It’s good the Douglas County Commission is talking again about how to regulate the installation of wind turbines in the rural parts of the county.
The commission placed a moratorium on new wind energy systems in December 2013 when it discovered it didn’t have the right regulations in place to handle a Florida company’s request to install two meteorological towers to measure wind speeds in southwest Douglas County. Although there hasn’t been much pressure from potential wind energy developers since the moratorium was implemented, new proposals are bound to come and the county needs to be ready for them.
It’s also reasonable for the commission to take some extra time to gather public input on the county’s wind energy policies. The installation of smaller generators for personal and small commercial use as well as larger wind generating developments may be a positive for the county, but regulations are necessary to make sure the location and scale of those installations are appropriate.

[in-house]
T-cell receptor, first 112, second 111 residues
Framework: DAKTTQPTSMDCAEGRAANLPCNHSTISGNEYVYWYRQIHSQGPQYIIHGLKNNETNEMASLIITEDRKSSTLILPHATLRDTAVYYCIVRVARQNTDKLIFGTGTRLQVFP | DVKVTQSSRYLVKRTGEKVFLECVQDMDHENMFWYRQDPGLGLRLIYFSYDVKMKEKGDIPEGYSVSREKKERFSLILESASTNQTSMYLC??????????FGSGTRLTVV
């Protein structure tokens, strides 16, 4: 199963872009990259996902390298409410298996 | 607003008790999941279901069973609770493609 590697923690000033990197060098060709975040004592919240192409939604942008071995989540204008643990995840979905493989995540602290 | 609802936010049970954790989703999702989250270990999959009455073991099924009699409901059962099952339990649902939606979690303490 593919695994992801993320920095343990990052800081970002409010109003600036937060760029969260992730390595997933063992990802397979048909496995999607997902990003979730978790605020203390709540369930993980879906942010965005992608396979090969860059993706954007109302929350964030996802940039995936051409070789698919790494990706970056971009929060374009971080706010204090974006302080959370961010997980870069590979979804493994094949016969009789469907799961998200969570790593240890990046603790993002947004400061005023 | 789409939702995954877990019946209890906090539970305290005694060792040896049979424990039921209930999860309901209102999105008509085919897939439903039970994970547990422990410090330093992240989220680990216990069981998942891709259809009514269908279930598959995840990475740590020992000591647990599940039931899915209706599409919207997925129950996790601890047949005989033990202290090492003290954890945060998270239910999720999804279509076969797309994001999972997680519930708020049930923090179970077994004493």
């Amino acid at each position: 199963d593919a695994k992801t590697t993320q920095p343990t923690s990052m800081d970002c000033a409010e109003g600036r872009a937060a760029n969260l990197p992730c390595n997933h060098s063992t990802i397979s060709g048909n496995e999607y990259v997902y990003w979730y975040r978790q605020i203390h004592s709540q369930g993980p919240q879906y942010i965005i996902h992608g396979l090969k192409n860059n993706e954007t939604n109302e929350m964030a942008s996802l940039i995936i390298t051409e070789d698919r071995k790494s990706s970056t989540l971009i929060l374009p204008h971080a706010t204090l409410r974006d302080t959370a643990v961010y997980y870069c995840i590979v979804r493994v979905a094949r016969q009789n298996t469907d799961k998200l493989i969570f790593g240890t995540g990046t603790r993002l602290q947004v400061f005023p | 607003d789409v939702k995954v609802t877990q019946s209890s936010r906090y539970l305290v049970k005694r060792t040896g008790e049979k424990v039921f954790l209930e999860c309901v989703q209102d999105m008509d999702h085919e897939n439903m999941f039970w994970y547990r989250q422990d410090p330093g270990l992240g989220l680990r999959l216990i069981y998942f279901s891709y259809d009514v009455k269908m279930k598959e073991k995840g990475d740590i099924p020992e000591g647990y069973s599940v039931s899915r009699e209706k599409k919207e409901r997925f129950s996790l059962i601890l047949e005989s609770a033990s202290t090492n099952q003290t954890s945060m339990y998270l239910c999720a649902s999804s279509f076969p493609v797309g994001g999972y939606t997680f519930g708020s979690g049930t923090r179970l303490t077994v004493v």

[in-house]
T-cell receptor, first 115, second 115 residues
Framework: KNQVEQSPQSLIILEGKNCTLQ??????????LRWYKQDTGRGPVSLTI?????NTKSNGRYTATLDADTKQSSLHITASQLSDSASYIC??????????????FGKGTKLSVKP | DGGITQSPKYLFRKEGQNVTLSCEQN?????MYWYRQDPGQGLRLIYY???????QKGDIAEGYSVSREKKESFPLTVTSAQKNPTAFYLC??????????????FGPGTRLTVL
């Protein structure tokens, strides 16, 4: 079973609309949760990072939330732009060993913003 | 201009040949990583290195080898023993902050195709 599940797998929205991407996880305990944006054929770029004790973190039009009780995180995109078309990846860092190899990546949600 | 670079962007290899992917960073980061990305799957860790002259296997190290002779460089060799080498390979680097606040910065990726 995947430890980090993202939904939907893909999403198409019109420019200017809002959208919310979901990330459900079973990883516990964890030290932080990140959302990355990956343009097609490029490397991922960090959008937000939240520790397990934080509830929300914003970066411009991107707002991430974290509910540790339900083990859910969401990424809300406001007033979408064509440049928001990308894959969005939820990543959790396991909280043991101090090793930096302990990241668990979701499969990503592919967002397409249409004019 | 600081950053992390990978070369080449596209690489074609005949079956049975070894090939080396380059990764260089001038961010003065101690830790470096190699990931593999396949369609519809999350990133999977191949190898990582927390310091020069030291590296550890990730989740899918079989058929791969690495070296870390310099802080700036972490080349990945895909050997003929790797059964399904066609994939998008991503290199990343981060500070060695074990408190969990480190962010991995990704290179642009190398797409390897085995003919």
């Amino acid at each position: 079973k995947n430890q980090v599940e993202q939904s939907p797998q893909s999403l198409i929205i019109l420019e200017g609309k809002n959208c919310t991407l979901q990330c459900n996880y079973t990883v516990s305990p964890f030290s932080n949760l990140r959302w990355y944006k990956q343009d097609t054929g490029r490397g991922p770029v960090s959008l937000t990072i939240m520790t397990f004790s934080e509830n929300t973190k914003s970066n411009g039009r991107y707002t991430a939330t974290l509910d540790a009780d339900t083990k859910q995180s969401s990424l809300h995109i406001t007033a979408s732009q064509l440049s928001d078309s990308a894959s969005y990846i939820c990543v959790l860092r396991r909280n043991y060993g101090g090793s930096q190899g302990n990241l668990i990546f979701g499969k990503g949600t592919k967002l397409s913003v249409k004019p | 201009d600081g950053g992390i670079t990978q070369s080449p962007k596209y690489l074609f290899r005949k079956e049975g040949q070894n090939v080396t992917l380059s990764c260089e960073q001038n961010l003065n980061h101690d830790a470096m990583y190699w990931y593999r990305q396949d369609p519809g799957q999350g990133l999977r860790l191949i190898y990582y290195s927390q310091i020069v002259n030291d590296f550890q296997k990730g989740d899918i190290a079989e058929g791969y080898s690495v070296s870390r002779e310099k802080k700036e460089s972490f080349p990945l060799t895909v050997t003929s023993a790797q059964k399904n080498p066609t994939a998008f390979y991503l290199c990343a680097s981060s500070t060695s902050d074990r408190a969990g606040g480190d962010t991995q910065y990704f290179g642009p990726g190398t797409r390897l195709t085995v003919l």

One question that commissioners asked at their Wednesday meeting was what kind of economic benefit the county might reap from commercial wind developments. Although other counties have negotiated payments-in-lieu-of-taxes with wind developers, county staff members warned that such payment might be seen as a form of bribe. Nonetheless, Commissioner Jim Flory said he would want to make sure the county benefited financially from such projects. “If I was ever to vote for one of these monstrosities, which I don’t think I’ll have to, I would want the county to get significant revenue,” he said.
Flory has announced he won’t seek re-election in November so it does seem unlikely that he’ll face a vote on a major wind development before leaving office, but his portrayal of wind generators as “monstrosities” was a little disappointing. Modern wind turbines may not have the same bucolic charm as old-fashioned windmills, but some people find them somewhat majestic. Their ability to generate clean energy from one of the state’s most abundant natural resources is a major selling point for many Kansans, as are the financial benefits to property owners where wind farms are developed.
The company that sought the wind-measuring towers in 2013 has said it still has an interest in exploring the potential for a development in Douglas County, so this issue isn’t going away. The moratorium has been in place long enough. It’s time to move forward on a reasonable policy to accommodate wind power development in the county.